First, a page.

Port Elizabeth, South Africa

Port Elizabeth, South Africa

Port Elizabeth is today one of South Africa's busiest seaports, but for almost 250 years mariners believed that it's bay had no merit an as anchorage. Pieter Timmerman, a Dutch captain sent to survey the area in 1690, said it was "nothing better than an exposed bight", and did not even bother to drop anchor there.

P.E. Beaches
Yet Algoa Bay, as the British misnamed it on thier maps, and Port Elizabeth were to become extremely important to the development of the Eastern Cape.

Dutch farmers first took up farms on the bay in 1772, and in 1799 the British, then occupying the Cape for the first time, built a stone fort overlooking the Baakens River.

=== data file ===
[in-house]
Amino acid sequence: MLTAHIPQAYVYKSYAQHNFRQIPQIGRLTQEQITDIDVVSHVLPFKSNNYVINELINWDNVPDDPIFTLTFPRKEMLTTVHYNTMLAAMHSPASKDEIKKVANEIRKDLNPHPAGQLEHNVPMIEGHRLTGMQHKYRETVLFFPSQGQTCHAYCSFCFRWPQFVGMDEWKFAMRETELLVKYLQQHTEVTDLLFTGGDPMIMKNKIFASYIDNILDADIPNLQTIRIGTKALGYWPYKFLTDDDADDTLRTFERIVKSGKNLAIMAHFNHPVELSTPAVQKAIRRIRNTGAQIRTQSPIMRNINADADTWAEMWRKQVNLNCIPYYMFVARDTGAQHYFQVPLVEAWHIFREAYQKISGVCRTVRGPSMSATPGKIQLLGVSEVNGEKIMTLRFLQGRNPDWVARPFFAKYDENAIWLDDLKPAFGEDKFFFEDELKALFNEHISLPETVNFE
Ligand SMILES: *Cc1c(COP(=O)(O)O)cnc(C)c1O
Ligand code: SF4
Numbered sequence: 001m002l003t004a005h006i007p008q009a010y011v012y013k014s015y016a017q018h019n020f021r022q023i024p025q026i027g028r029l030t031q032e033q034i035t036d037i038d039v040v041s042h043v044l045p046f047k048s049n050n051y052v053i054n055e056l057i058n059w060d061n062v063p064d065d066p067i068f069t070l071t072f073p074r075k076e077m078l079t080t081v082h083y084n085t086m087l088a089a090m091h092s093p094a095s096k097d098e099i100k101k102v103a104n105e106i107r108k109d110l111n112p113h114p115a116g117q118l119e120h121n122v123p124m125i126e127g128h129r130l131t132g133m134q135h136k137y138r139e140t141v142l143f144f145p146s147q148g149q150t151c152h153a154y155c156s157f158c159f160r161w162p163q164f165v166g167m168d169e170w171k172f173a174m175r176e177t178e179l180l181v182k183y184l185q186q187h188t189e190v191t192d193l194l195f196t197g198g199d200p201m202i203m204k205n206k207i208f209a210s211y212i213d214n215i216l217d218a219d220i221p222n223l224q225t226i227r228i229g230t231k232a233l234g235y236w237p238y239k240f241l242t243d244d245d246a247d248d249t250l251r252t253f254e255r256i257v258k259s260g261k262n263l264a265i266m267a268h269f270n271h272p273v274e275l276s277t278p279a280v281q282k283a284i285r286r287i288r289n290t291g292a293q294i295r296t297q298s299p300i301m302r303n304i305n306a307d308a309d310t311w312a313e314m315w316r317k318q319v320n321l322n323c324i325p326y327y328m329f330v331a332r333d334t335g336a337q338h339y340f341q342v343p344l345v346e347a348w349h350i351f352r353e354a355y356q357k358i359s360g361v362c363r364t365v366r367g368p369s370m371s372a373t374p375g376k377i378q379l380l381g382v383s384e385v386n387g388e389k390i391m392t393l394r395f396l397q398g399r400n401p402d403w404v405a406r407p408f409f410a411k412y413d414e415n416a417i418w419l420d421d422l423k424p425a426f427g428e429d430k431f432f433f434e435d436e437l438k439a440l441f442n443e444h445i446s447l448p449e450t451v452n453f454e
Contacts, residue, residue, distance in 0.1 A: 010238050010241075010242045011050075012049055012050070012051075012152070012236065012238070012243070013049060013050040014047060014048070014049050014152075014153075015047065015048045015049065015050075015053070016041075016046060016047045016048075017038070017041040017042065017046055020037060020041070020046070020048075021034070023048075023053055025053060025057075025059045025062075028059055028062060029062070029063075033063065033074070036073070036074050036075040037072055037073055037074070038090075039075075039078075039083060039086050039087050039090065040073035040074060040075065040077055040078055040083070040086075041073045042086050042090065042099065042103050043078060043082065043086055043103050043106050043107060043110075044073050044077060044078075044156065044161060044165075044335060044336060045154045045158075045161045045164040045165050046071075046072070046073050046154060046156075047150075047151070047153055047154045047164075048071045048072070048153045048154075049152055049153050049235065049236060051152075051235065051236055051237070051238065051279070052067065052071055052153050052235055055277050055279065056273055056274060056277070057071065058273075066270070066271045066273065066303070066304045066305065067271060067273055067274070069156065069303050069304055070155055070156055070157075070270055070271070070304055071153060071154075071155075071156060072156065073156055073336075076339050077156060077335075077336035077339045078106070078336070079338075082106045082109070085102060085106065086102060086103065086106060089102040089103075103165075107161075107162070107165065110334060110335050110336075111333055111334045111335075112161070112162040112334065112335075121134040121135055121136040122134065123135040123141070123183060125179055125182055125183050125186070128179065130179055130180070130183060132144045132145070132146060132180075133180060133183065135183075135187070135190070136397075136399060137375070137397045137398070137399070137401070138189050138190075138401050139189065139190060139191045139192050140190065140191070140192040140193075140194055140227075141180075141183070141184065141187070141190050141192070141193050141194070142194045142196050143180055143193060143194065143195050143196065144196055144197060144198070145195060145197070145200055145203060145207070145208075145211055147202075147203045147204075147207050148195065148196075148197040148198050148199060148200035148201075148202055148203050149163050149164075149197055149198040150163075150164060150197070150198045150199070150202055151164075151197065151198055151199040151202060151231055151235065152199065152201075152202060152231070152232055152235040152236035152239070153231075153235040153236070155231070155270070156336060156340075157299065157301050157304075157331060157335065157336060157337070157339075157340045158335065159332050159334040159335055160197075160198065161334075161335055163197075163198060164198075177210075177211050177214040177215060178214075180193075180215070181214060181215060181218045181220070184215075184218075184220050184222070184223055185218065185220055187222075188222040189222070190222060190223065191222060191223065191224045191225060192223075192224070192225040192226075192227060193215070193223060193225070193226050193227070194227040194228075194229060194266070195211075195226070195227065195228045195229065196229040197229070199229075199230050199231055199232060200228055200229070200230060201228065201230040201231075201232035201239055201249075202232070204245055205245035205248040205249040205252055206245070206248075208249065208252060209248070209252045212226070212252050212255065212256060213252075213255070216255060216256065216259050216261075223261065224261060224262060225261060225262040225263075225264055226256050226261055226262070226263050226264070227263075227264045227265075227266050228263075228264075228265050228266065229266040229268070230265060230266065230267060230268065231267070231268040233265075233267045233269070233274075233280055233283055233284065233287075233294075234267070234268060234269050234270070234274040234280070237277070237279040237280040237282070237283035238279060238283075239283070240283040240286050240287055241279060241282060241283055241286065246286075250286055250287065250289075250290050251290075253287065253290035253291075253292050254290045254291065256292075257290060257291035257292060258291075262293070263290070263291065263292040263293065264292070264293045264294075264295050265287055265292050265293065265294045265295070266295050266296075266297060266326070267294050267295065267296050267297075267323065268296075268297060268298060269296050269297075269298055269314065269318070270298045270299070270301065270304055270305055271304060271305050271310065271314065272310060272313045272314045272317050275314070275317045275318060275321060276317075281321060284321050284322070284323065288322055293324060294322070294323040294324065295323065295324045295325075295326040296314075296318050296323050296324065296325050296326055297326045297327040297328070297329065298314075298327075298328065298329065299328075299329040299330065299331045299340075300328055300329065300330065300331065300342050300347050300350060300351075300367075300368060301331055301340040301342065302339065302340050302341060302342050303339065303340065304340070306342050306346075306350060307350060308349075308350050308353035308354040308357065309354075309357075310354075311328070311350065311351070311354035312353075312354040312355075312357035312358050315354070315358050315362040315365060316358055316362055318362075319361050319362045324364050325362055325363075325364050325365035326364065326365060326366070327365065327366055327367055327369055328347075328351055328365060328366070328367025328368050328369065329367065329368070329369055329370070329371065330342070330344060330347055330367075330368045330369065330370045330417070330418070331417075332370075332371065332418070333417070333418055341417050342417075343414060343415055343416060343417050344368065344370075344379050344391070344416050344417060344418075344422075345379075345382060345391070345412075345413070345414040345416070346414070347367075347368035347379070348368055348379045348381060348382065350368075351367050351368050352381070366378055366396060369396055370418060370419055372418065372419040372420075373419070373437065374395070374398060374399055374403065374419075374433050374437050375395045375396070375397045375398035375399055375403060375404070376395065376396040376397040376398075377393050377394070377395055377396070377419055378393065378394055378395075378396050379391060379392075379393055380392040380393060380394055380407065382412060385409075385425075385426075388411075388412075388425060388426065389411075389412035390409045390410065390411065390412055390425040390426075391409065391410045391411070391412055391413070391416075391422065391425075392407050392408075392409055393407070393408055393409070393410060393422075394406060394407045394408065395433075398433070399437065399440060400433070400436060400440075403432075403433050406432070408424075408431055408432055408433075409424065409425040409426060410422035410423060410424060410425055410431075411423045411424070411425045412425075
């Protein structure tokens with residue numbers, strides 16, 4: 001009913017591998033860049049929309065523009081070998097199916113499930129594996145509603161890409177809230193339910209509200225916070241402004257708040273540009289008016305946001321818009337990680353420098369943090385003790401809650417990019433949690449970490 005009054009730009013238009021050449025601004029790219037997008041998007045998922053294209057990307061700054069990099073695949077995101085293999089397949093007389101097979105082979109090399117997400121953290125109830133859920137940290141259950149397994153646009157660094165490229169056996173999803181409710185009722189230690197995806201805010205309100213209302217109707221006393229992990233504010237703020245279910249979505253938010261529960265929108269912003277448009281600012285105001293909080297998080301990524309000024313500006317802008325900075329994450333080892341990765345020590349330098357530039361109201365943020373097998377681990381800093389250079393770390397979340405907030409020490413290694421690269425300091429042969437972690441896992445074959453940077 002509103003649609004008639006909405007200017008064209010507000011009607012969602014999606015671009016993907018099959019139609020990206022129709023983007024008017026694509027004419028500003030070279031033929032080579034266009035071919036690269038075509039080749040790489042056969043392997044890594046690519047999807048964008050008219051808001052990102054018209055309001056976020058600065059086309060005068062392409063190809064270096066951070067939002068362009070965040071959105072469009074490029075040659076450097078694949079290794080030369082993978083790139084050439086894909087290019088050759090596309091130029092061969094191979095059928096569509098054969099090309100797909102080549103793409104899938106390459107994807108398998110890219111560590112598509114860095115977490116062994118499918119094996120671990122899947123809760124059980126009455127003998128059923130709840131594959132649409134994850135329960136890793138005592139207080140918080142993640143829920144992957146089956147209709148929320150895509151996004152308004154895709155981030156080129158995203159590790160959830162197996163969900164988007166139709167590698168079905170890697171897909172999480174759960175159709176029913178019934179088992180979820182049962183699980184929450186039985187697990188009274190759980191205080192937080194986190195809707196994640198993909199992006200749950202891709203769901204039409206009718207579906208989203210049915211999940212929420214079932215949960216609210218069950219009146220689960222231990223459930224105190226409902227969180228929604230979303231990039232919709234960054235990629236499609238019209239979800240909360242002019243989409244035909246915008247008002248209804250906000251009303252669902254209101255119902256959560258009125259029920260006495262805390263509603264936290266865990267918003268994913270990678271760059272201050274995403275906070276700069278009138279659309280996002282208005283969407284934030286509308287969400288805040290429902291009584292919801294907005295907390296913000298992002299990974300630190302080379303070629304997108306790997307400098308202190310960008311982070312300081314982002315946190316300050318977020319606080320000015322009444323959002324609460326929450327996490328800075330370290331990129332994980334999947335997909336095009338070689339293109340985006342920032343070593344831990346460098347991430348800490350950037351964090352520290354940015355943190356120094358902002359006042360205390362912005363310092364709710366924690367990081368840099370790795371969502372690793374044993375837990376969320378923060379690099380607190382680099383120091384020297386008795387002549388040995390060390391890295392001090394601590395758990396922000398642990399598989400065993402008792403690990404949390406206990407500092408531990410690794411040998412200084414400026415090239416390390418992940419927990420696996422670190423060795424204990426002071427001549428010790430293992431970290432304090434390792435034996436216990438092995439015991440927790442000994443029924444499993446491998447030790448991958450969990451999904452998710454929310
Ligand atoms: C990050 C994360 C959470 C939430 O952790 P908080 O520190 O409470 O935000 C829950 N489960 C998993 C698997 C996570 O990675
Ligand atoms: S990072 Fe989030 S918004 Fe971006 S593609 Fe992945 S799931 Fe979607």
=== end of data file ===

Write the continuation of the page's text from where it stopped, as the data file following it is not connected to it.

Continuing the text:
In 1820 it was deemed the idea place for disembarking the British Settlers. The acting governor, Sir Rufane Donkin, officially awaiting the first shipload of settlers, named the place Port Elizabeth after his recetly deceased wife. Originally all goods and persons had to be brought ashore through the surf in small boats, but in 1837 local merchants pooled resources to build the first jetty of what has become the modern port the Port Elizabeth is today.

The city is one of the centers of the motor assembly industry in South Africa, but the city itself and seafront have a pleasant holiday atmosphere.